A Train Car and the Catcher
In the next two days, Romilly could only remember as a blur and blend of actions and emotions. The vague sense of sleep. The aches of hunger. The numbness of frozen feet. The constant fear of what lay behind and ahead.
Romilly, on the morning of her third day since her flight of the Sampton plantation, stubbled into Rugibie’s train station. It was dark and grey and misty with dawn. The station was jammed people on the platform. With the mixture of the steam of the trains and the early morning haze, it was hard to tell if one was black or white.
She lined up with the rest of the people getting on to train 213, the train heading to Tomson, Massachusetts. She was forced to wait until every white person had shown his ticket to the conductor, even though she was one of the first in the line. Anger flicked like a dying flame, but Romilly was too overcome by exhaustion to kindle it. But when she handed her ticket to the conductor and showed him her note, he grunted and gestured to the luggage car.
“But excuse me, sir,” Romilly said grabbing his sleeve. He slapped it away as if it had scorched the freshly ironed uniform. “I Have a ticket for a seat.”
“If you want to board this train, you stupid slave, you take the luggage car. That’s where the owned stuff belongs, like you.” He strutted away and boarded a passenger car.
Romilly, fuming, climbed into the luggage car. Tall racks were surrounding the walls that held various suitcases and briefcases. But they over spilled and some were flung onto the floor She began to throw and kick them to clear a spot to sit.
Then, a deep, southern drawl floated in from the exterior of the luggage car. Romilly froze, her breath crystalized in her throat. Her blood ran cold.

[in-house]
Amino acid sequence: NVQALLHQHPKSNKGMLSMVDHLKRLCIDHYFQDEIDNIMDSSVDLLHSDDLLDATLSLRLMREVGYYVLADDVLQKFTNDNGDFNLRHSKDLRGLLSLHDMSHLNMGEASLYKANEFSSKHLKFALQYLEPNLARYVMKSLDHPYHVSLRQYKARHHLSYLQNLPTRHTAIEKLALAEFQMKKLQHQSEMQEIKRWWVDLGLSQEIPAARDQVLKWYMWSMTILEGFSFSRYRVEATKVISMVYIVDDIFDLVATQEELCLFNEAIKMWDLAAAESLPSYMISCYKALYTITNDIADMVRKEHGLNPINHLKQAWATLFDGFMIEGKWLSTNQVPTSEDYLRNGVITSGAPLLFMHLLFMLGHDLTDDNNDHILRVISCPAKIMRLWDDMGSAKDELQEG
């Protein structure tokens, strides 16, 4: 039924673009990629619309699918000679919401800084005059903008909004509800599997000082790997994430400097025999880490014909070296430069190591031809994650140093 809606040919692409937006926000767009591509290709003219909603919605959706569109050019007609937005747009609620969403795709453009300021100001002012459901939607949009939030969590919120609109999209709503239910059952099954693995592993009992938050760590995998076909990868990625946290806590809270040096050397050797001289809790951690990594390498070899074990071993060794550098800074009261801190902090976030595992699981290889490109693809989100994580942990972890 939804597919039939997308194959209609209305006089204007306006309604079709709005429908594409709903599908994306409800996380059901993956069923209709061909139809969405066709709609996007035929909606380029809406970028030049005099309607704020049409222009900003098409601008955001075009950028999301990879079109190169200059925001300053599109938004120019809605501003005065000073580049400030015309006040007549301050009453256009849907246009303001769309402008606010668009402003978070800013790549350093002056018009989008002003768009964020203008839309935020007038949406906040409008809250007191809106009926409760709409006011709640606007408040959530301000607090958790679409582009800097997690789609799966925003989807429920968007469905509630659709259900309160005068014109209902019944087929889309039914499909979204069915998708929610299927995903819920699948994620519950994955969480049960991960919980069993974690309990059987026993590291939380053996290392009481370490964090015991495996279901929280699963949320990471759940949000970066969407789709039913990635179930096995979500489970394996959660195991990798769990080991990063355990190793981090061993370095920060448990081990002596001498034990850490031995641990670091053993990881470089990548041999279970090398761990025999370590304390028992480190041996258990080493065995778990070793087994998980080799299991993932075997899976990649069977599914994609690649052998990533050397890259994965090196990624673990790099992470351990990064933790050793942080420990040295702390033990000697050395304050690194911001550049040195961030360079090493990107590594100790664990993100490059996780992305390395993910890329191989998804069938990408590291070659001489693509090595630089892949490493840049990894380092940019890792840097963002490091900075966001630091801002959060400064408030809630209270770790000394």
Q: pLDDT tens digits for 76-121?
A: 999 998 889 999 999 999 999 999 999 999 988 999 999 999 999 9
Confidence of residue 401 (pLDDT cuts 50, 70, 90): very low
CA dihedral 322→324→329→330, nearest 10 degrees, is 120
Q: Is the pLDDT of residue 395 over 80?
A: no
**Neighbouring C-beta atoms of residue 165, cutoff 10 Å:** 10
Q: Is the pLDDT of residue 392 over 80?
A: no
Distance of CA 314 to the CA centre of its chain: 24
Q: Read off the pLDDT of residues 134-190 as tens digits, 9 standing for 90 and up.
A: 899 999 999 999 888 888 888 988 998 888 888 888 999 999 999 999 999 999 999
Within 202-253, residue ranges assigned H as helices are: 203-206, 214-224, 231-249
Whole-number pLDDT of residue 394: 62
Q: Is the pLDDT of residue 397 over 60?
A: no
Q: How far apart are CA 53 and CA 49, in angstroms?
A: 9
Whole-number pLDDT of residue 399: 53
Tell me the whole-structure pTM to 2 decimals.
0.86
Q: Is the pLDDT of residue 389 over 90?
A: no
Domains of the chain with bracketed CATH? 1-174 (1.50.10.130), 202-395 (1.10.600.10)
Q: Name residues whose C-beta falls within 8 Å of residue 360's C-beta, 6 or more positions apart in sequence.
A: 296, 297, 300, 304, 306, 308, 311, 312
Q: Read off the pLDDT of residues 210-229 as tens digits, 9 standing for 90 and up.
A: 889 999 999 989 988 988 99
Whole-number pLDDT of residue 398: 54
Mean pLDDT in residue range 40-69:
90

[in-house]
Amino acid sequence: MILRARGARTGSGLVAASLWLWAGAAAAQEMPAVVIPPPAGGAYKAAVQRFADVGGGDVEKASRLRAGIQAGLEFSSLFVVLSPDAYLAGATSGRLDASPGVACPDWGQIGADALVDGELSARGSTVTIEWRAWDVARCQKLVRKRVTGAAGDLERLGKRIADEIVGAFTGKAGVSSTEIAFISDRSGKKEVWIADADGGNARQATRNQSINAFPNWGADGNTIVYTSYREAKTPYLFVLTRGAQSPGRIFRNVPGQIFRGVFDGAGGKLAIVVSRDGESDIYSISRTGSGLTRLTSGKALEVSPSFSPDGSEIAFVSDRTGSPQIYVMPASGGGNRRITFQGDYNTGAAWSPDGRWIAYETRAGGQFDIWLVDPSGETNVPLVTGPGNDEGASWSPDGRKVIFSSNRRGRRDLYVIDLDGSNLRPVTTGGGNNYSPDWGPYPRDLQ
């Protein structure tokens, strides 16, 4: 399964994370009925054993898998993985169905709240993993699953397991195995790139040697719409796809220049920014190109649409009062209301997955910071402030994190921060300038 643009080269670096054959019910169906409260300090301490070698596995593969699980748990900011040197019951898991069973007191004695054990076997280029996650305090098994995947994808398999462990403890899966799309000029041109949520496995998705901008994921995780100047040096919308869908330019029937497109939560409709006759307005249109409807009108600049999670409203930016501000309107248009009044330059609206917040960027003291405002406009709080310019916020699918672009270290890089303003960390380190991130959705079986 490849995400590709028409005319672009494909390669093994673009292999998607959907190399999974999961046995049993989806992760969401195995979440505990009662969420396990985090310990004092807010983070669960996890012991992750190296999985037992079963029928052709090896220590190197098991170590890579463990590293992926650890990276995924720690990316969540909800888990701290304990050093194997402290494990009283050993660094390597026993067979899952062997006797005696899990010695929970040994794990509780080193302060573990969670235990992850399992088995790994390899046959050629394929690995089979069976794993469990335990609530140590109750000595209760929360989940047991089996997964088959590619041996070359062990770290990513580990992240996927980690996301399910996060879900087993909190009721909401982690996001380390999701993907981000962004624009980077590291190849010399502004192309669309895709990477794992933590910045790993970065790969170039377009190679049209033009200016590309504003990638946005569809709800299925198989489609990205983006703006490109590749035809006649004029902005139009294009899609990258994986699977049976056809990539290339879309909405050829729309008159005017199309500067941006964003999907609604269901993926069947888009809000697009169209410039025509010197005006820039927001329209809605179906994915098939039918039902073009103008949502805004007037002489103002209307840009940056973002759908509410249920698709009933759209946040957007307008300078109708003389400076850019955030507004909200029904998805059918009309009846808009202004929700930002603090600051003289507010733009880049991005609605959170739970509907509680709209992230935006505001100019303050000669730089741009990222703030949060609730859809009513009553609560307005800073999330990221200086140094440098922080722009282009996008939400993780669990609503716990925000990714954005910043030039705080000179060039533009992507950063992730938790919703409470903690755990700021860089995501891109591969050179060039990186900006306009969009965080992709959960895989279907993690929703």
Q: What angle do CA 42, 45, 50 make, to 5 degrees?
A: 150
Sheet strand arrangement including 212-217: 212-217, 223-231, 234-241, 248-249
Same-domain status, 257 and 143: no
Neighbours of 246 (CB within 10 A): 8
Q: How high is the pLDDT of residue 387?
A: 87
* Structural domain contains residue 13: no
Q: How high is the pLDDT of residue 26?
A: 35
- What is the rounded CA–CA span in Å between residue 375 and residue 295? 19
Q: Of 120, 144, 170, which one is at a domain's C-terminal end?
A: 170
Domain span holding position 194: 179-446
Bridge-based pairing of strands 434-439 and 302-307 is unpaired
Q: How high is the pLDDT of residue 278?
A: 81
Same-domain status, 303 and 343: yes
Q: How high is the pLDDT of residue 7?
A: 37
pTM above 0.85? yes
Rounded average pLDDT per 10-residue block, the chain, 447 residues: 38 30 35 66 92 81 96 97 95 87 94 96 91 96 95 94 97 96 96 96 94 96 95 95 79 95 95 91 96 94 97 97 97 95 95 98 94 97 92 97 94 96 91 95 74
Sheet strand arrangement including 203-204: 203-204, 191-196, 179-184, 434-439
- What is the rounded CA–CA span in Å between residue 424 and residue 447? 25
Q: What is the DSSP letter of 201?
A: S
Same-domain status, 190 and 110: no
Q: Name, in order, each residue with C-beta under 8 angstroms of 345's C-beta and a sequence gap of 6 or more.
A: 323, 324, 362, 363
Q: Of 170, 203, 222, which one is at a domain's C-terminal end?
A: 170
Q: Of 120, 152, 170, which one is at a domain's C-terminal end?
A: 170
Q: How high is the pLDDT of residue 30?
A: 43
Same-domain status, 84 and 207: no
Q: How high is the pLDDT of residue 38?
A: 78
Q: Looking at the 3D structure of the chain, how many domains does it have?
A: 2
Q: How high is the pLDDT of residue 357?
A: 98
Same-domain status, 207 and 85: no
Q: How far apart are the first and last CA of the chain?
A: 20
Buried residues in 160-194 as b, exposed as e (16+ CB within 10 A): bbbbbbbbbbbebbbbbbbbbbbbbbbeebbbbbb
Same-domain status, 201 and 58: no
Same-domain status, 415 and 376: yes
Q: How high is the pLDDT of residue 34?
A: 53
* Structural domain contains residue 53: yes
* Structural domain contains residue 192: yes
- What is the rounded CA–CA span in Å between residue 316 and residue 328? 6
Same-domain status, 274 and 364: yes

The voice of Louis Sampton drifted through the cracks in the walls. “Such a pertty little thing. She was good looking, very charming. I wanted her but **** my little brother. Asked for her as ‘is inheritance. My parents gave ‘er to ‘im. He’s gone now up to school in the North, but the pertty little girl’s gone. I is sure she ran. Probably to meet up with my **** brother. Will you look fer her?”
“Sure thing. I is here the best slave catcher in the county.”
There were footsteps away and laughter.
Romilly collapsed onto the luggage, her heart leaping against her rib cage. The train whistled, and the floor vibrated as it started and chugged away from the station. She felt faint. Her mind ran in circles. The family she would be staying with would be endangered if she went to meet them. The train gained speed. If she was being followed, she couldn’t meet up with Levi. He could be jailed or killed. It was not worth the risk. She could not ask him or anyone else to give more than they already had for her sake.
Silent tears trickled down her face as she thought about Levi. The train was flying with speed, air seeping through the cracks in the walls. She felt as if her heart was being ripped apart, fiber by fiber. “I’m sorry I could never tell you why,” she whispered before the car lurched violently, and an overhead rack fell, packed with heavy suitcases, onto bowed
Romilly’s head. There was a flash of white, blinding pain, and the world spun and plunged into darkness.